This project stems from the observation that an acquired tick resistance (ATR) to blacklegged tick
(Ixodes scapularis) blood feeding provides partial (~70%) protection from Lyme disease spirochete
infection in a Guinea pig (GP) model. The project builds upon a suite of novel high-throughput
antigen screening tools, developed over the past 5 year period; these tools have allowed us to
investigate the tick's salivary transcriptome and begin to define its immunome, bringing us closer
to understanding how to achieve effective host immune defense against tick-transmitted pathogens.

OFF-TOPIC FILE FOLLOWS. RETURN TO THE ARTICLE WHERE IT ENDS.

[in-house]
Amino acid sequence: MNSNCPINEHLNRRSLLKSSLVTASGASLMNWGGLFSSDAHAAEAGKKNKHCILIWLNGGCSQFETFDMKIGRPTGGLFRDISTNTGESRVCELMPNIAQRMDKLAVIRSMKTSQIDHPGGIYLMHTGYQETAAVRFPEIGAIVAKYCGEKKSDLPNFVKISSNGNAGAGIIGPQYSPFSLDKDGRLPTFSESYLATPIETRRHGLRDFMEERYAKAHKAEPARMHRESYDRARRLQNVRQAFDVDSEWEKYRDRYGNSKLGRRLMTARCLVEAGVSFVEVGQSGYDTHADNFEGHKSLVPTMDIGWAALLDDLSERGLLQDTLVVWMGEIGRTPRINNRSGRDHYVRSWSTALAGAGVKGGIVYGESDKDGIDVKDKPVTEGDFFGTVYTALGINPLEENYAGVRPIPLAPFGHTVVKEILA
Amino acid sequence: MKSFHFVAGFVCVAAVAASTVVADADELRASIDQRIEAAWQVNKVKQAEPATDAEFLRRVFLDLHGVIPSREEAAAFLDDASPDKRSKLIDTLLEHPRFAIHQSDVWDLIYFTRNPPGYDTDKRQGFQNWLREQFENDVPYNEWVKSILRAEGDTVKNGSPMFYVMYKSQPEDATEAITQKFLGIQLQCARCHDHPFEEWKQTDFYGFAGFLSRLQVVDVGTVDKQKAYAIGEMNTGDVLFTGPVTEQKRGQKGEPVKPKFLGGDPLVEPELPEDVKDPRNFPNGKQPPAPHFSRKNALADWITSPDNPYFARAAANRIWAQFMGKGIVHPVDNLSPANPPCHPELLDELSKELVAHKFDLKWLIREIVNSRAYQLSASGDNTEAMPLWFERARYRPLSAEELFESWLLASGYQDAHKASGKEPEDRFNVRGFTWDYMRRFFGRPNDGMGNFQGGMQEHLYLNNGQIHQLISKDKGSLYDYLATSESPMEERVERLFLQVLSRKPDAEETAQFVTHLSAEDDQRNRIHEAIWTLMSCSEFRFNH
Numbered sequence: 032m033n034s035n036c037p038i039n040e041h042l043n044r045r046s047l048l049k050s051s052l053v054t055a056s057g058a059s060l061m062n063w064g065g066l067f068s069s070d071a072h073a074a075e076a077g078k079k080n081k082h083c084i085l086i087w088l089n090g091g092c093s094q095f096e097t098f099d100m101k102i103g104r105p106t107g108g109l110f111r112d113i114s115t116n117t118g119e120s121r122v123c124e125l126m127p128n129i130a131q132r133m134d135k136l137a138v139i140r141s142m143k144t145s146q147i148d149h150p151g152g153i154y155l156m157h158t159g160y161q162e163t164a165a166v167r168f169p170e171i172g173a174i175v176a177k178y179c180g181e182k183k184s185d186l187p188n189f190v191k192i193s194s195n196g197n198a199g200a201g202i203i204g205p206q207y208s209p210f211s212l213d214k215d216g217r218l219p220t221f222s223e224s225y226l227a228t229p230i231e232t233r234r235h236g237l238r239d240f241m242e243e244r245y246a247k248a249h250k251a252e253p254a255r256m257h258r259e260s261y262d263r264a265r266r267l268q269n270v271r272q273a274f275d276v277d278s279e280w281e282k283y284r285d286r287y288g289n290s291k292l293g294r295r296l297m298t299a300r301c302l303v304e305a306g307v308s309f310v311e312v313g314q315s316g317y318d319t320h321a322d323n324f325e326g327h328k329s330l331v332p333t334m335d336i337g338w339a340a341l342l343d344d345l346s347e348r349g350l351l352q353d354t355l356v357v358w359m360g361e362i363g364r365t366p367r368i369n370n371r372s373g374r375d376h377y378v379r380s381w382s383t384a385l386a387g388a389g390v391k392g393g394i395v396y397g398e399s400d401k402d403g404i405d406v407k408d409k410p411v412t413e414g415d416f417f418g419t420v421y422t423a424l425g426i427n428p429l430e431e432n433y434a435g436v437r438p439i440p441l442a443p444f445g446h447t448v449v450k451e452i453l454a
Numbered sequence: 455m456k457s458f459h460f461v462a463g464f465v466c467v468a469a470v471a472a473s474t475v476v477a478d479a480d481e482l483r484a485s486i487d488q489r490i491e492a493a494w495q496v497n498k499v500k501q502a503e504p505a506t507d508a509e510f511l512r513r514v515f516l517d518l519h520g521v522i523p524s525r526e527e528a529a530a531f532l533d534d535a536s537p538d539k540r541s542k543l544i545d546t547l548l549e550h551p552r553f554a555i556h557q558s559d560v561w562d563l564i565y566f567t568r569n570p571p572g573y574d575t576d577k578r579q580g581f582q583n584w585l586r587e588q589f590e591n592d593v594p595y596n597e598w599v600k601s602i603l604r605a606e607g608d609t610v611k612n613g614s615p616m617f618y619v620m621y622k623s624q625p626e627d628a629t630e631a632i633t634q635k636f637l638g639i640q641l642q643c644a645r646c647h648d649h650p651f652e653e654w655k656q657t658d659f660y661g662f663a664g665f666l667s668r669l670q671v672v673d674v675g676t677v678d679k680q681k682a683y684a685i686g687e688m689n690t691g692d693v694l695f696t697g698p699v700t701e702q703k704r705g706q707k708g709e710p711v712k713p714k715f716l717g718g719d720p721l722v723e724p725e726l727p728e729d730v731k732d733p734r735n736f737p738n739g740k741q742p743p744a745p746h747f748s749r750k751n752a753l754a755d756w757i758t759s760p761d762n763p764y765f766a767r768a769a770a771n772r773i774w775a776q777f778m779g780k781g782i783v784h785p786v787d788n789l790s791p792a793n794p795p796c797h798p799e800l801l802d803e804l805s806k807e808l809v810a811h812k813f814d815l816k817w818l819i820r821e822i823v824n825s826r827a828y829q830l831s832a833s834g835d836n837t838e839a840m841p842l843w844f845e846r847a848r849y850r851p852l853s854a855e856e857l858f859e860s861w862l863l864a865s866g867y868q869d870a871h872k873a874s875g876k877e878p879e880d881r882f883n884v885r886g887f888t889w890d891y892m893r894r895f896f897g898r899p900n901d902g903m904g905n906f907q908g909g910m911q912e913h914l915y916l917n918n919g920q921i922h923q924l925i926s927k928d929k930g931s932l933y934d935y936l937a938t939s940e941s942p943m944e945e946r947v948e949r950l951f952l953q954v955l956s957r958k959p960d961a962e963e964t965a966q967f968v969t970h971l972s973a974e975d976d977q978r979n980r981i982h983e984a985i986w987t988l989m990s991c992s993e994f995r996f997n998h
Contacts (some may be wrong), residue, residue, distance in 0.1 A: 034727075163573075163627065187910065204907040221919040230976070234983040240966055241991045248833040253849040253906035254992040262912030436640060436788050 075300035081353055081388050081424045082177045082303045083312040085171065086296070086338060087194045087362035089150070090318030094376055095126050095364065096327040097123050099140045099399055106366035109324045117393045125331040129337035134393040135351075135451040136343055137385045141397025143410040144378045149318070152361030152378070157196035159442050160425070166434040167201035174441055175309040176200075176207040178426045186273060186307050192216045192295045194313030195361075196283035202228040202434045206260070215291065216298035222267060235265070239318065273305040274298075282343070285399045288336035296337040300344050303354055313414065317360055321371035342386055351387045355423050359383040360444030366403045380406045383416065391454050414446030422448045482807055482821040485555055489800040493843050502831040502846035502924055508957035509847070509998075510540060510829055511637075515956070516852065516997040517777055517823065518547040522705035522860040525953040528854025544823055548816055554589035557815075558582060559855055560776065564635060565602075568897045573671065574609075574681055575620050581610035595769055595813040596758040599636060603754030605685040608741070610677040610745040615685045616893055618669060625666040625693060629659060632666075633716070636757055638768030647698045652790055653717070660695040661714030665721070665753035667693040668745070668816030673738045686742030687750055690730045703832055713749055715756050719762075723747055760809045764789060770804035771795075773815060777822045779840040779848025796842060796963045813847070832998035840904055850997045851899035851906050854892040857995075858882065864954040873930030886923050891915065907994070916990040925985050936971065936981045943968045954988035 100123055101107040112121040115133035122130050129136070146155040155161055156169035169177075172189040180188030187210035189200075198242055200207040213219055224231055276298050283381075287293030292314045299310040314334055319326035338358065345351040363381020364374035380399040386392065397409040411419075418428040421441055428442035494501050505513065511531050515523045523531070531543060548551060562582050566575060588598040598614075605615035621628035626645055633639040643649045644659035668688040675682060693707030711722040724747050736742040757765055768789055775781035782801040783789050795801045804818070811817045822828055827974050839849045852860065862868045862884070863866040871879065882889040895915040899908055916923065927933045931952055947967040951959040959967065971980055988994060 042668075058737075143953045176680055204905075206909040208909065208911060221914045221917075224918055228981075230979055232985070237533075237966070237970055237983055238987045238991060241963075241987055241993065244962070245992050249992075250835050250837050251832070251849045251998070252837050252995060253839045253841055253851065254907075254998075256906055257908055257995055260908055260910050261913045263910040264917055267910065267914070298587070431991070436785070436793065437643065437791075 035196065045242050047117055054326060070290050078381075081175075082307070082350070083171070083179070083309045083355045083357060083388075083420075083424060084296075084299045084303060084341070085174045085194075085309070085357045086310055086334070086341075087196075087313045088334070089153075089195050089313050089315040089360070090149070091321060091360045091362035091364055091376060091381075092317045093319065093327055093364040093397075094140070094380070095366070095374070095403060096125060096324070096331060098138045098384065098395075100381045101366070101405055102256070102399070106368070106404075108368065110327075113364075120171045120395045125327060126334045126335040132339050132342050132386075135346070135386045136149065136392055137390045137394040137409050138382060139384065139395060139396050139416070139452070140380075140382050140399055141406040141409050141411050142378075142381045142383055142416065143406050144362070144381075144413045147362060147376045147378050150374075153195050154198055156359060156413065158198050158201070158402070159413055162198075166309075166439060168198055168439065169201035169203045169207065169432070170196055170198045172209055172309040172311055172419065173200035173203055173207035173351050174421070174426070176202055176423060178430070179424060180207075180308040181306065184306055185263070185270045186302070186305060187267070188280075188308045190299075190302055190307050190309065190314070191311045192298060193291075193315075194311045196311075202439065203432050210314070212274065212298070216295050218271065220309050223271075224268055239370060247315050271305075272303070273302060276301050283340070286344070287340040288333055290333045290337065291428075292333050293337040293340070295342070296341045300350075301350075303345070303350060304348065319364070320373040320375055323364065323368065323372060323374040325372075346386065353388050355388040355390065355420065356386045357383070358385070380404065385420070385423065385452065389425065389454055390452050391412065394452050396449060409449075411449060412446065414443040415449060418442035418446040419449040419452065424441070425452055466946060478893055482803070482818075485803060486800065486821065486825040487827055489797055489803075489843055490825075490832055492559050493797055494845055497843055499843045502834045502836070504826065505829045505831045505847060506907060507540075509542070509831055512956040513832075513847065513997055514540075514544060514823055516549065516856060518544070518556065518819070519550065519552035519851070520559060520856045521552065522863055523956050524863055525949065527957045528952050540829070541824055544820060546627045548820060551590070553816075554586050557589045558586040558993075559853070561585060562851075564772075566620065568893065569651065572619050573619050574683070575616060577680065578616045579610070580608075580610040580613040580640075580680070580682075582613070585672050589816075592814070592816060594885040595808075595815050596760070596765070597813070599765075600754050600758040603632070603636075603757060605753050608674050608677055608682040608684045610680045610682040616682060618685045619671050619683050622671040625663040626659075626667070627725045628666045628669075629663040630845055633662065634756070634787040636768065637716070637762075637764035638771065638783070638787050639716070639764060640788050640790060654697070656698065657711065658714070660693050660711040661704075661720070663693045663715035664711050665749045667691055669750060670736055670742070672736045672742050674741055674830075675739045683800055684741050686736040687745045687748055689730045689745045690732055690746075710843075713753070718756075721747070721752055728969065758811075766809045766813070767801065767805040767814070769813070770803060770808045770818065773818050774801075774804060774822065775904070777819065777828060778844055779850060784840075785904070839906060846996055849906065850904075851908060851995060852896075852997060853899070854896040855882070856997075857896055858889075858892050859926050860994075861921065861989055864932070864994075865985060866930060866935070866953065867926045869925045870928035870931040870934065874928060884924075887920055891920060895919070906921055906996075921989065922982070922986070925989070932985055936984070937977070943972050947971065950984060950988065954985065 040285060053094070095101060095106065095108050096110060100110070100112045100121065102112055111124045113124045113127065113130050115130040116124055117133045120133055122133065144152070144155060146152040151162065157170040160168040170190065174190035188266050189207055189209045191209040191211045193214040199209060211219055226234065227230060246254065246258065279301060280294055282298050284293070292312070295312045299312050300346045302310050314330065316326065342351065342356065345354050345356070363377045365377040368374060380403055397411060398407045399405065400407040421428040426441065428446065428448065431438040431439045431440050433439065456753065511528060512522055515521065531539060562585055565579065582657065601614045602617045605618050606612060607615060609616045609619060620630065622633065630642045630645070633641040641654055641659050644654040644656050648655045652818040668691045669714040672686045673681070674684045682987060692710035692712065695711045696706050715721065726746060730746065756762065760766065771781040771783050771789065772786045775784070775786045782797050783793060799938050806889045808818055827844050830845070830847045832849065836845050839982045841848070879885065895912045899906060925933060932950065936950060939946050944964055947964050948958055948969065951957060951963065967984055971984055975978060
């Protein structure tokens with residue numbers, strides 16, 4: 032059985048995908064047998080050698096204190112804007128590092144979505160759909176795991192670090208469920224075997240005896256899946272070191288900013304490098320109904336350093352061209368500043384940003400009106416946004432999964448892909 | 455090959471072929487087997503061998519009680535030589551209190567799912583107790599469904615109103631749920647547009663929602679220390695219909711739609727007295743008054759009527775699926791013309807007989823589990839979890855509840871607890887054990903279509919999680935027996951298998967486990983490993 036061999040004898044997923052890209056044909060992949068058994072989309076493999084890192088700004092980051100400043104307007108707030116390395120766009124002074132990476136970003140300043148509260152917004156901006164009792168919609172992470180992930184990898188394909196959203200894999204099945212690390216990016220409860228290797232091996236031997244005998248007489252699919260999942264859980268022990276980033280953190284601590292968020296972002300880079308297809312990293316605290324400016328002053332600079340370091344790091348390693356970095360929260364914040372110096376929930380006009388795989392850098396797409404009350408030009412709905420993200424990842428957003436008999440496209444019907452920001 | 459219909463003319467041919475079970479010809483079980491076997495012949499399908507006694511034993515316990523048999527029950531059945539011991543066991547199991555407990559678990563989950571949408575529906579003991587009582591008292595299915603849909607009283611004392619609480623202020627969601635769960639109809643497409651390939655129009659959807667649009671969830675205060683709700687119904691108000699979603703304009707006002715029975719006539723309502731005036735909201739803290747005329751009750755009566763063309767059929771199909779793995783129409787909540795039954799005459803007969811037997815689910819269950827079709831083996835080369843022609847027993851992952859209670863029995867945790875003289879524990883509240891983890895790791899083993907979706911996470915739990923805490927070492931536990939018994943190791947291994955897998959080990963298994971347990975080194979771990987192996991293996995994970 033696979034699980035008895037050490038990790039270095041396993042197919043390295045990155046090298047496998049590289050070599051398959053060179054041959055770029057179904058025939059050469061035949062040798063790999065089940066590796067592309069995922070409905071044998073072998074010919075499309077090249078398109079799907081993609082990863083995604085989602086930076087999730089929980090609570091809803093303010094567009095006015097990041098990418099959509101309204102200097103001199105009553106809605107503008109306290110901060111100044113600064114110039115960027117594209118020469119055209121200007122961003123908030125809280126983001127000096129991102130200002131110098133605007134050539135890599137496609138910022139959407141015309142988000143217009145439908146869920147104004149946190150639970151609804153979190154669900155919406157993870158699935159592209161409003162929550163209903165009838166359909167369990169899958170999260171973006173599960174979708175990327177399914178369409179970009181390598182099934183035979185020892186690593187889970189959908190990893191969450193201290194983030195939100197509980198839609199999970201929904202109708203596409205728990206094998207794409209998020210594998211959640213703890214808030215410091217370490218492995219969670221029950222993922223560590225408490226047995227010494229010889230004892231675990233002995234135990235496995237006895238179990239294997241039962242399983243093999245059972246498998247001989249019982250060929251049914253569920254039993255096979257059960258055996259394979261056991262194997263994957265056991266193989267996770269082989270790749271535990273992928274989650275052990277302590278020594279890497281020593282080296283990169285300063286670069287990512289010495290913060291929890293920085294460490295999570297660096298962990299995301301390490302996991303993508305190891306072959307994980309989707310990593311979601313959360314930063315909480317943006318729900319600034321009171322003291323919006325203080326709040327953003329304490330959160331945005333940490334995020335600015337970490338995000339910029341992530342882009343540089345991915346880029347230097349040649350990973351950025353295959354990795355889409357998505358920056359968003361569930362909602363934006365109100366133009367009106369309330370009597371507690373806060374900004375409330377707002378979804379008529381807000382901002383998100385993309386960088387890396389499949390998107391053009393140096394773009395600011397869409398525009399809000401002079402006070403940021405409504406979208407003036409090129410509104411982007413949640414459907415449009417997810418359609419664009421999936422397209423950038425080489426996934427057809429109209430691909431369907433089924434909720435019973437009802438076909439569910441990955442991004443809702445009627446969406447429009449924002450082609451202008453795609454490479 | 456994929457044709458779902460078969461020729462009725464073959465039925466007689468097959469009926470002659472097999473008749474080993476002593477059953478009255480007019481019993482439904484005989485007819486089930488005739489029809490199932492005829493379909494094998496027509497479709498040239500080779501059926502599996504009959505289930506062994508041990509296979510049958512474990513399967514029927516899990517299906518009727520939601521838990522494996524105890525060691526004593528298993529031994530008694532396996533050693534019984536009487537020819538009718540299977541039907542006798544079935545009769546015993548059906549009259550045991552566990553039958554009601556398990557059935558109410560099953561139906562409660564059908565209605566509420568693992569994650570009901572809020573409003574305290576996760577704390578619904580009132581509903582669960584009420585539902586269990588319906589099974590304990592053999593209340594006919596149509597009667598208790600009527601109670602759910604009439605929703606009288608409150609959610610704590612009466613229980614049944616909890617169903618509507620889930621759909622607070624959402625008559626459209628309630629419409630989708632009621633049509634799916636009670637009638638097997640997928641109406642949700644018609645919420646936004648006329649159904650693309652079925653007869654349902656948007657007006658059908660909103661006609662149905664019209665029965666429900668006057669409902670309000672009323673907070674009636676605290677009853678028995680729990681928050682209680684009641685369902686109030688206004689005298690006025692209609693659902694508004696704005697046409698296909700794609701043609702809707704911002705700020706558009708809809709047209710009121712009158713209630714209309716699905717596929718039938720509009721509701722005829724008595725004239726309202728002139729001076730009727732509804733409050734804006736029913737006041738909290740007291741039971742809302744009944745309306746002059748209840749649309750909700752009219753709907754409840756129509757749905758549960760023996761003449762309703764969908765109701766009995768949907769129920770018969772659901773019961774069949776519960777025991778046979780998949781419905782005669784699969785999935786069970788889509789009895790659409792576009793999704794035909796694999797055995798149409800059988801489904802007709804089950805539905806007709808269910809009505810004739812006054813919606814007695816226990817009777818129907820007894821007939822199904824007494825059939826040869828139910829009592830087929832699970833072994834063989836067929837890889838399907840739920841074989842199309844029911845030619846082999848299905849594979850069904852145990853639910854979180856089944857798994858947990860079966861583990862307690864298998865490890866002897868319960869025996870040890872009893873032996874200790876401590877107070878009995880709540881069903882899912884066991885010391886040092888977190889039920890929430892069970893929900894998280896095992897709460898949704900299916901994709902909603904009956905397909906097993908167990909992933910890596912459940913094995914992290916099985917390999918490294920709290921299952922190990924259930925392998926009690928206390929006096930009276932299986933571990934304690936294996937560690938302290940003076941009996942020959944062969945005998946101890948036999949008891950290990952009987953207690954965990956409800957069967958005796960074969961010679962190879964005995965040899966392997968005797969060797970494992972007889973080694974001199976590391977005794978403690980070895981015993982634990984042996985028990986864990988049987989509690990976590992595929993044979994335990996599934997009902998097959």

Specifically, this project's goal is to identify a vaccination strategy for protecting against
a broad array of tick-transmitted infections, testing the hypothesis that this protection can
be achieved by using one or more tick salivary antigens to induce an ATR response.
The work has been supported by National Institutes of Health Grant R01 37230.